Early evening showers on Thursday, May 27, brought out men in topcoats with umbrellas. They escorted guests—some flying in from South America, the Caribbean and Europe—from their black cars to a white carpet running up the entrance of Cipriani 42nd Street and onto the venue’s marble floors. A 13-piece orchestra, all dressed in white dinner jackets, played a mixture of Latin dance music late into the night. (For more photos from the event, see Snapping Around).
The occasion was El Museo del Barrio’s 2010 annual black-tie gala, where world-renowned opera singer and conductor Plácido Domingo was presented with a special lifetime achievement award by leading fashion designer Oscar de la Renta. Barbara Walters was the gala’s Master of Ceremonies but regretfully could not attend, due to her recovery from heart surgery. “Dear, Plácido, only an injured heart would keep me from being with you tonight,” Walters said in her remarks read by De la Renta.
“You are the musical genius of our time,” said Walter’s personal message to Domingo, which was read by De la Renta after dinner. “That glorious voice. Who else can sing both as a tenor or baritone and conduct a symphony orchestra and administer an opera company and teach and encourage and inspire? You are superb in every capacity. In addition to your millions of fans, there are all those with you tonight thanking you for your devotion to the Museum.”
The event raised $1.1 million dollars for El Museo’s art education and community outreach programs. The seven o’clock cocktail hour included a silent auction, which offered jewelry, beach getaways and a limited edition print of Lovers by Puerto Rican-born artist Enoc Perez.
Domingo, born in Spain and raised in Mexico, has served as Chair of El Museo’s Board of Trustees for more than a decade. He is one of the most accomplished opera singers in the world, with a career spanning more than five decades. During the 1990s and early 2000s, Domingo performed concerts as one of The Three Tenors, a famous group consisting of him, Spanish singer José Carreras and Italian singer Luciano Pavarotti. Domingo has supported the education of young artists worldwide and has helped raise millions for victims of Mexico’s 1985 earthquake and natural disasters in Guerrero, Yucatán, El Salvador and New Orleans.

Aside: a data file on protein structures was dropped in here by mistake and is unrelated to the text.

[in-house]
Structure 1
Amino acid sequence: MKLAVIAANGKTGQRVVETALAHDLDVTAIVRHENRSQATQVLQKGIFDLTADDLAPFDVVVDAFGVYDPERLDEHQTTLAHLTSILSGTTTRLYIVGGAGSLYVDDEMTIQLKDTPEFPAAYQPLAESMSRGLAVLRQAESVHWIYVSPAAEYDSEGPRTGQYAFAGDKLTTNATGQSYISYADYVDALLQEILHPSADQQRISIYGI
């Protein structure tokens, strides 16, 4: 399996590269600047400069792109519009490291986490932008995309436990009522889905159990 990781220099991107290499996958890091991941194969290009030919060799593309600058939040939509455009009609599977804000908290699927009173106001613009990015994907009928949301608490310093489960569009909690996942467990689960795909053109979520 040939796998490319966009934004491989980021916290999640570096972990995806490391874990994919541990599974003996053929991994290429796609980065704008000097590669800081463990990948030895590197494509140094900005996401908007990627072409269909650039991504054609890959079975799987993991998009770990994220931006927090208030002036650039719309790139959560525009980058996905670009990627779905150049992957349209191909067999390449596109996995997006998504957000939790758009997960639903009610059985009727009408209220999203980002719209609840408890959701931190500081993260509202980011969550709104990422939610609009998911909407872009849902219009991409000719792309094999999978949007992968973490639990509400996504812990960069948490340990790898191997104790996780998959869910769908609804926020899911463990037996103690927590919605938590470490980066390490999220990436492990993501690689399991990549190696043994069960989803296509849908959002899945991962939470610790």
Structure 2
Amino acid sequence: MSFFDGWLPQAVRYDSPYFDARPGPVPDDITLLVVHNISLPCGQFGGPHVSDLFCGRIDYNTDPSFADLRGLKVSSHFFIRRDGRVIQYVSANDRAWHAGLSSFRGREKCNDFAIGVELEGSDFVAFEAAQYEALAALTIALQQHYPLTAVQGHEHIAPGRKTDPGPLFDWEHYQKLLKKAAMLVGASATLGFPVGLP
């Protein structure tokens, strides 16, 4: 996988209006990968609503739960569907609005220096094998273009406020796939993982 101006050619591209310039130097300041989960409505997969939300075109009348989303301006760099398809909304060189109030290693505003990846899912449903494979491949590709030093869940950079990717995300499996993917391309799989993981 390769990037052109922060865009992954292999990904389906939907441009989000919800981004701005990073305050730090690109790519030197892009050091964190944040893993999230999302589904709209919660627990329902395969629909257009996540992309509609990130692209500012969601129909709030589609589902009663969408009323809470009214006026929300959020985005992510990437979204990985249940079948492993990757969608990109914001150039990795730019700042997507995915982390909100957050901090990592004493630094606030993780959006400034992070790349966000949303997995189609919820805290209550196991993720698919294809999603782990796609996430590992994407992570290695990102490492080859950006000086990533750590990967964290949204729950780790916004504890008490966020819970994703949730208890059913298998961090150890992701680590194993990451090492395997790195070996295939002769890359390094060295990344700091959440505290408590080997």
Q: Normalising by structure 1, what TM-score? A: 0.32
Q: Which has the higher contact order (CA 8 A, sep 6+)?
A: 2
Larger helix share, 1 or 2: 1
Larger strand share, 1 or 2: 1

Guests included well-known philanthropists, and fashion designers, such as Narciso Rodriguez, Angel Sanchez and Maria Cornejo. Other attendees included: Moises de la Renta, Laura and Dick Parsons, Estrellita and Daniel Brodsky, Claudia Cisneros, Christian Cota, Jane and Calvin Catritz, Barbaralee Diamonstein and Carl Spielvogel, Olga and Tony Duke, Donald and Adelle Hall, Eleanor and Michael Kennedy, Alexandra Lebenthal and Jay Diamond, Ambassador John L. Loeb, Liz and Jeff Peek, Candy Price, Gillian and Sylvester Miniter, Silvia Ortiz, Enoc Perez, Jane and Reed Rubin, John and Gaily Beinecke, and many more.
The gala’s stellar honorary committee included José Solís Betancourt, Rubén Blades, María Cornejo, Francisco Costa, Christian Cota, Benicio del Toro, Alex González, Carolina and Reinaldo Herrera, Marilyn Horne, Carlos Mota, Candy Pratts Price, Brian Reyes, Narciso Rodríguez, Angel Sánchez, and Isabel + Rubén Toledo.
El Museo del Barrio, founded in 1969 and located on Manhattan’s Museum Mile, is the only museum dedicated to Latino, Latin American and Caribbean art. Its permanent collection of 6,500 objects spans 800 years and represents several mediums, including drawings, paintings, sculptures, installations and video. (Read Abby’s earlier story on El Museo del Barrio).
Photo credits: Nick Hunt/Patrick McMullan; William Lopez